Interviewed by Italian state television Rai Tre, Archbishop Vincenzo Paglia lauded the 1978 law allowing abortion in Italy, a move that critics called a new “ground zero of morality.”
“I believe that at this point the Law 194 is a pillar of our social life,” the archbishop stated. “In my opinion, and I have written as much, I would like to see more emphasis on the part that is hardly spoken of, namely the right to motherhood, to see our country grow, in the face of the drama of a generational imbalance that is quite dramatic.”
“I would exhort to look with trust upon a country that wishes to live in liberty, in development and progress, and I think that the crisis in natality is a problem on which we have unfortunately not reflected and it is already late,” he said.
At this point, Giorgia Rombol?, the host of the program, summed up the archbishop’s words, saying, “So, the Law 194 is not up for debate,” to which he replied, “No, absolutely not.”
In response to Paglia’s words, Jacopo Coghe, spokesman for the pro-life NGO “Pro Vita & Famiglia” declared that even a thoughtful attempt to promote an open, non-confessional debate about abortion and the birthrate, emphasizing the importance of maternity, can deny “the intrinsic evil of the Law 194.”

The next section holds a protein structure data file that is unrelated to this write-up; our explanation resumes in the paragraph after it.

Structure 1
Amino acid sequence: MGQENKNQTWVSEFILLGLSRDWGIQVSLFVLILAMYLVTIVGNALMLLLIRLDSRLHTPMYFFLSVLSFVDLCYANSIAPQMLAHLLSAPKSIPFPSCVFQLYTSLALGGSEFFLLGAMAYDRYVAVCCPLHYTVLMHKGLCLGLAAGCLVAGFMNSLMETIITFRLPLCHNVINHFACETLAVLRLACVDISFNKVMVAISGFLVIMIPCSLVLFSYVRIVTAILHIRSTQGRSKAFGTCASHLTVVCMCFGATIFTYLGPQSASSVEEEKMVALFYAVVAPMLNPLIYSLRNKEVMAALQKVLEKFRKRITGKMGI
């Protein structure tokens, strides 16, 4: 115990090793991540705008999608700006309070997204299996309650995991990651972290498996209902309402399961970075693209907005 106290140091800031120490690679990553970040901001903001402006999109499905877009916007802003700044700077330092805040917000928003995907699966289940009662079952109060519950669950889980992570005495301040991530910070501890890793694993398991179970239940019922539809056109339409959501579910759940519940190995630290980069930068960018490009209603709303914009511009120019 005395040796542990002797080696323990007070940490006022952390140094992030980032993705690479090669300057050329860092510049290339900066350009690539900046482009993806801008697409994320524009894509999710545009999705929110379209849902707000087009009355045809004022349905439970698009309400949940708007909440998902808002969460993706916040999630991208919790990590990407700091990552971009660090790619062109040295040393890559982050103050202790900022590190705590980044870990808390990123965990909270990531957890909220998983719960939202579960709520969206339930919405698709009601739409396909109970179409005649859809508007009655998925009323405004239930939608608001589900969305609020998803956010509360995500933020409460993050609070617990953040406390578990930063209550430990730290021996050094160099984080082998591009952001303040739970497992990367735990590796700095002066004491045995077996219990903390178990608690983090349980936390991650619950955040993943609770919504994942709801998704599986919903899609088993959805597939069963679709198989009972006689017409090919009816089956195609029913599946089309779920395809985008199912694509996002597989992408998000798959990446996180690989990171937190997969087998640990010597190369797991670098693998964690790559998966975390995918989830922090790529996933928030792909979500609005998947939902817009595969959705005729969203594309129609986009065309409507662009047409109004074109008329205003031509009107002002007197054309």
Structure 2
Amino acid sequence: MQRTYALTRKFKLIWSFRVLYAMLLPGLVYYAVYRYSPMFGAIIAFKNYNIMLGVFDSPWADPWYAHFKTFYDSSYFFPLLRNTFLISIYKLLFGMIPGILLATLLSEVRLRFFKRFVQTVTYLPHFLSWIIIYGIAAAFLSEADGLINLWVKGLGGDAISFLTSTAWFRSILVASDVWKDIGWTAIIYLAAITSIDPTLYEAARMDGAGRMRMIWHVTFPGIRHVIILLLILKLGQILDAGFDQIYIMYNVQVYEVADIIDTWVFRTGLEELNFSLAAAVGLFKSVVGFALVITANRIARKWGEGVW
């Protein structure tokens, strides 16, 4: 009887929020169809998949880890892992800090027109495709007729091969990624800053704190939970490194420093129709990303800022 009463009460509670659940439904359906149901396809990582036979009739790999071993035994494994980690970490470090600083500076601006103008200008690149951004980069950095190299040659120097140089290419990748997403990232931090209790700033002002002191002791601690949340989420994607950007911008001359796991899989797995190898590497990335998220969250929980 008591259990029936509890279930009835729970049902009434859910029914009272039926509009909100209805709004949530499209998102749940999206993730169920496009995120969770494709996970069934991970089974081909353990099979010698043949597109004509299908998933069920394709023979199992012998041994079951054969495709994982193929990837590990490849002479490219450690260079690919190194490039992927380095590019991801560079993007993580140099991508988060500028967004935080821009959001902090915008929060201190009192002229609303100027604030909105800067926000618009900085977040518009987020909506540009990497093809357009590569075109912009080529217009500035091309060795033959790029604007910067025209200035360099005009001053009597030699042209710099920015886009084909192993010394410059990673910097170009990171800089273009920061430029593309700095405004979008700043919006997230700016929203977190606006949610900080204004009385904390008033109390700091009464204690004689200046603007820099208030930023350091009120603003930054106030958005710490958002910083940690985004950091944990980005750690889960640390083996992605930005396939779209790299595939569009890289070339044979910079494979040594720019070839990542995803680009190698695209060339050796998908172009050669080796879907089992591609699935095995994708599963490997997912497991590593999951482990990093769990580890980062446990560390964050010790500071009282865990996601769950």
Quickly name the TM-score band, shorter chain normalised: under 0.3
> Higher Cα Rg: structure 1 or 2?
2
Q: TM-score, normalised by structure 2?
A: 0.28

“We do not understand how a law that suppresses defenseless and innocent human lives can be a ‘pillar’ of society,” Coghe added.
“It is as if the president of the Jewish Anti-Defamation League declared itself in favor of the holocaust,” wrote Tommaso Scandroglio, in a piece for La Nuova Bussola Quotidiana.
Since its passage in 1978, the Law 194 has allowed for the legal killing of more than 6 million children in Italy, a country that is suffering from a severe drop in birthrate far below replacement levels.
Archbishop Paglia’s words were spoken against the backdrop of the June 24 ruling by the United States Supreme Court overturning the 1973 decision in Roe v. Wade that mandated legal abortion for all 50 U.S. states.
In 2016, Pope Francis named Paglia President of the Pontifical Academy for Life, which was founded by Saint John Paul II in 1994 for the express purpose of combatting a growing “culture of death” in contemporary society.
Central to the culture of death, according to John Paul, is the promotion of a putative right to abortion, which Italy’s Law 194 does.
“To claim the right to abortion…,” John Paul wrote, “and to recognize that right in law, means to attribute to human freedom a perverse and evil significance: that of an absolute power over others and against others. This is the death of true freedom.”